Liberals Need to Get a Grip

Do not let these people make you anxious.

As a liberal who writes about politics for a living, I've spent the last few days talking to increasingly panicked Democrats, who have begun to overreact to the fact that President Obama had a poor debate performance, which then produced a movement in some polls toward Mitt Romney. I think David Weigel put it well yesterday: "The first presidential debate has come to remind me of Star Wars Episode I: The Phantom Menace. Democrats walked out of the theater/turned off the TV saying 'huh, well, I wanted it to be better.' After a few days of talking to friends, it changes from a disappointment into the worst piece of crap in human history." Andrew Sullivan kind of went nuclear after seeing the Pew poll I discussed yesterday, writing a post titled, "Did Obama Just Throw the Entire Election Away?" I can answer that: No.

No, There's No Poll Trutherism On the Left

Ahhh! Panic panic panic!

Today, the Pew Research Center released a poll showing Mitt Romney rocketing ahead of Barack Obama to a 4-point lead among likely voters. Needless to say, this is pretty remarkable. Is it true? Well...maybe, maybe not. Just a few weeks ago Pew showed Obama ahead by 8 points among likely voters, and I'm sure I wasn't the only one who found that unlikely. But referencing the recent "poll truther" insanity on the right, Slate tech writer Farhad Manjoo tweeted, "Watch for liberals to start questioning Pew's methodology/sampling/etc in 3, 2, 1...." Well, you can keep waiting. I have seen some liberals express the belief that these results may be inaccurate, particularly since they show the two candidates tied among women. I don't even think Ann Romney thinks her husband is going to be tied among women. But there aren't any liberals, as far as I can tell, questioning Pew's methodology or intentions.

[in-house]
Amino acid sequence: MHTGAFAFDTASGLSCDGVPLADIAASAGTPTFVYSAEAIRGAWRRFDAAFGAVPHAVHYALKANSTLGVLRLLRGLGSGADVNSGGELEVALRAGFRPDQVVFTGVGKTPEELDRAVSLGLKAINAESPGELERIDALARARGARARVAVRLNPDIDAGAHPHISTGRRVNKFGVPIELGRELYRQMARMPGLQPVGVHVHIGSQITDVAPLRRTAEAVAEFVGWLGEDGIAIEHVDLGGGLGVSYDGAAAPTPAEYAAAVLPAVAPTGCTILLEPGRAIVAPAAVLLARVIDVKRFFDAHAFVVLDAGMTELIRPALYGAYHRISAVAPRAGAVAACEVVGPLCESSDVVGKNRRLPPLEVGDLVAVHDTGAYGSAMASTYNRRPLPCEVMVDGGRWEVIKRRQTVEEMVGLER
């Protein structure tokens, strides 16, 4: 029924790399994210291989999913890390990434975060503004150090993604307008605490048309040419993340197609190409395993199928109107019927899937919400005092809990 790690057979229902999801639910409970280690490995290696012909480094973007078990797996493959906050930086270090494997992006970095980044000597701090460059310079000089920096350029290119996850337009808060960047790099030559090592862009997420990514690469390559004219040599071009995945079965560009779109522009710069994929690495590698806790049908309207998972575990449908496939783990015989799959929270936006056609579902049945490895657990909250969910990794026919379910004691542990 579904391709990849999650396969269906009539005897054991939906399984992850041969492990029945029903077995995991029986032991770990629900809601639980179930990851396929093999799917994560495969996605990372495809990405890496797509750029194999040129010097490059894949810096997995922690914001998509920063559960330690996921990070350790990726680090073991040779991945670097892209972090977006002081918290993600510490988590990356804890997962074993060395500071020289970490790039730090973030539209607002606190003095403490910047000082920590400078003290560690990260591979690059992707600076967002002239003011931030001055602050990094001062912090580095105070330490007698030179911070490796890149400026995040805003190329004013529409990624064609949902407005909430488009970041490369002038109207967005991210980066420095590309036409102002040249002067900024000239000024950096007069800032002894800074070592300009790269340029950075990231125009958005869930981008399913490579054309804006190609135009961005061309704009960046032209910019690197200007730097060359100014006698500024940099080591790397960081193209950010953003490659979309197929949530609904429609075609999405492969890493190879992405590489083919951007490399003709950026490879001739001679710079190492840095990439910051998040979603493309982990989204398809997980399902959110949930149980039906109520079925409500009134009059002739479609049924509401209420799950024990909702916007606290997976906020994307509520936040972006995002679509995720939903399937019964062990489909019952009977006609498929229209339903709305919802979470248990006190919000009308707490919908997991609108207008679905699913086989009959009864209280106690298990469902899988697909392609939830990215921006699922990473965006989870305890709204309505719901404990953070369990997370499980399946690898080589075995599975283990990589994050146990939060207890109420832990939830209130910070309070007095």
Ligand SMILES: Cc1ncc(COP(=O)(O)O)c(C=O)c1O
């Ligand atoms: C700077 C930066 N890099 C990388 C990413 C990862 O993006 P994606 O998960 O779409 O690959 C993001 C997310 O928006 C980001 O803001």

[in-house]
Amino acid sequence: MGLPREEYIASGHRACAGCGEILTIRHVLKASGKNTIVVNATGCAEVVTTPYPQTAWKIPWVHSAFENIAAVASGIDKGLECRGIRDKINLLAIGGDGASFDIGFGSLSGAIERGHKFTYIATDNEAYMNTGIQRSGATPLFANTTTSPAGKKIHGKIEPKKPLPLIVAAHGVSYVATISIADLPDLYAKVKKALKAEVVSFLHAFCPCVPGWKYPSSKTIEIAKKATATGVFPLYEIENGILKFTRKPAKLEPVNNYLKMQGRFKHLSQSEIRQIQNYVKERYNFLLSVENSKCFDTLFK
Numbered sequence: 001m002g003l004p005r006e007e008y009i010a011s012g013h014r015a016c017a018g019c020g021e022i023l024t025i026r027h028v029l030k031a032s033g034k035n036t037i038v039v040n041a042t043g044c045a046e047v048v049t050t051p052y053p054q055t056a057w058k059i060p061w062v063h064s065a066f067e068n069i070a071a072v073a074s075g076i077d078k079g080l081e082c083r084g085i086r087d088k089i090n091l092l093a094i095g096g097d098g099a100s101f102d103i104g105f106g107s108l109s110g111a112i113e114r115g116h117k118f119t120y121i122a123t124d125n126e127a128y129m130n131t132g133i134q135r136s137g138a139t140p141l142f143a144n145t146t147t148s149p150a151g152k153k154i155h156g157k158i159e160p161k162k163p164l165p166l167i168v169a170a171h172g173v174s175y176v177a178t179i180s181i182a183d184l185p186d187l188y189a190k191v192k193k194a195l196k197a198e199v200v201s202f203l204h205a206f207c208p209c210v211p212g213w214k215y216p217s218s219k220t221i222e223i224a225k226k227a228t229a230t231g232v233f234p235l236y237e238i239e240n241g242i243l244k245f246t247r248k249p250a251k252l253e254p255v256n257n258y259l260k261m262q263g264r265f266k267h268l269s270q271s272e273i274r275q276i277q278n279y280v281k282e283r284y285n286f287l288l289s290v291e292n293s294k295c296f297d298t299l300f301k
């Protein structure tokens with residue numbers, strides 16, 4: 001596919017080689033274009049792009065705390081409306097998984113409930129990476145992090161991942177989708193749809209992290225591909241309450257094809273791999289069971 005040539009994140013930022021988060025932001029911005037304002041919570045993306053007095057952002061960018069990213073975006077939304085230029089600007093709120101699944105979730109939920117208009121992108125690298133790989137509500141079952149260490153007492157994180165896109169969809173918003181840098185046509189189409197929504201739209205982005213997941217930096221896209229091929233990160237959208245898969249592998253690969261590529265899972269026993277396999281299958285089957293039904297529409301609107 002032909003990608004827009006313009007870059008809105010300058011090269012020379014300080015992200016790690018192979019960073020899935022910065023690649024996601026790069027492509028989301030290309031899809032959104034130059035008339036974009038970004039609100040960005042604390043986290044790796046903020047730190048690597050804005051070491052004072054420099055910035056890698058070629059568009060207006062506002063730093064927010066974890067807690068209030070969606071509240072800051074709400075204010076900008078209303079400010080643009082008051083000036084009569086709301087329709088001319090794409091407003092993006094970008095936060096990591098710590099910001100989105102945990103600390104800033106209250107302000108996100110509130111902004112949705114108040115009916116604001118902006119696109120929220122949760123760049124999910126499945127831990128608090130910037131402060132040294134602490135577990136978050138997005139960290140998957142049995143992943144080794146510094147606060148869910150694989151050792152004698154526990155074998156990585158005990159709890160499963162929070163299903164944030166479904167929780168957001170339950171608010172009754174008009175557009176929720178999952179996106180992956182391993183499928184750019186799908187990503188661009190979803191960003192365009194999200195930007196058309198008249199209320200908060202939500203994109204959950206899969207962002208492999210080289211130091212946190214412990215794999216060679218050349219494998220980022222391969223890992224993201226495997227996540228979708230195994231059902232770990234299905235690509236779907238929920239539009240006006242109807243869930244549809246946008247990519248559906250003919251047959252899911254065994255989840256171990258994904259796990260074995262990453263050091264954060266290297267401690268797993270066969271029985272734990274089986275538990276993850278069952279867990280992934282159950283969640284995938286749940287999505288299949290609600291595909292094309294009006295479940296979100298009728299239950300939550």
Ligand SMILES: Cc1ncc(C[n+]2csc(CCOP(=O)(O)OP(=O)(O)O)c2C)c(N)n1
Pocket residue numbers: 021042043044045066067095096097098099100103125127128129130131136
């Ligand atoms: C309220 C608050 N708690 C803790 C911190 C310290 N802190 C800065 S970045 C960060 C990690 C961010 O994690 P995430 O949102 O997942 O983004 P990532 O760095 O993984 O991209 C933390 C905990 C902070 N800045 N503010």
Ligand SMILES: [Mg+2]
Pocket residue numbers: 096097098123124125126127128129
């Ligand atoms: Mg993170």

Why Do the Sunday Shows Suck So Much?

I know you're dying to know what these two have to say.

In the American media landscape, there is no single forum more prestigious than the Sunday shows, particularly the three network programs and to a slightly lesser extent "Fox News Sunday" and CNN's "State of the Union." The Sunday shows are where "newsmakers" face the music, where Washington's most important people are validated for their importance, where issues are probed in depth. So why do they suck so much?

I live and breathe politics, yet I find these programs absolutely unwatchable, and I can't be the only one. On a typical episode, there is absolutely nothing to learn, no insight to be gained, no interesting perspective on offer, nothing but an endless spew of talking points and squabbling. Let's take, for instance, yesterday's installment of "This Week With George Stephanopoulos"...

Romney Versus the People

(AP Photo/Scott Applewhite)

There's no question that Mitt Romney did very well in his first debate with Barack Obama. Indeed, it couldn't have gone much better, so much so that almost any performance in their meeting next week will seem like a let-down. But the second debate poses real dangers for Romney, and an opportunity for Obama to wipe away the memory of his poor performance in the first. Next week's will be a "town hall"-style debate, and that format plays right into Romney's weaknesses. The town hall debate will be challenging for Romney for two reasons, both of which have to do with the fact that it will feature not journalists or a moderator asking questions, but ordinary people.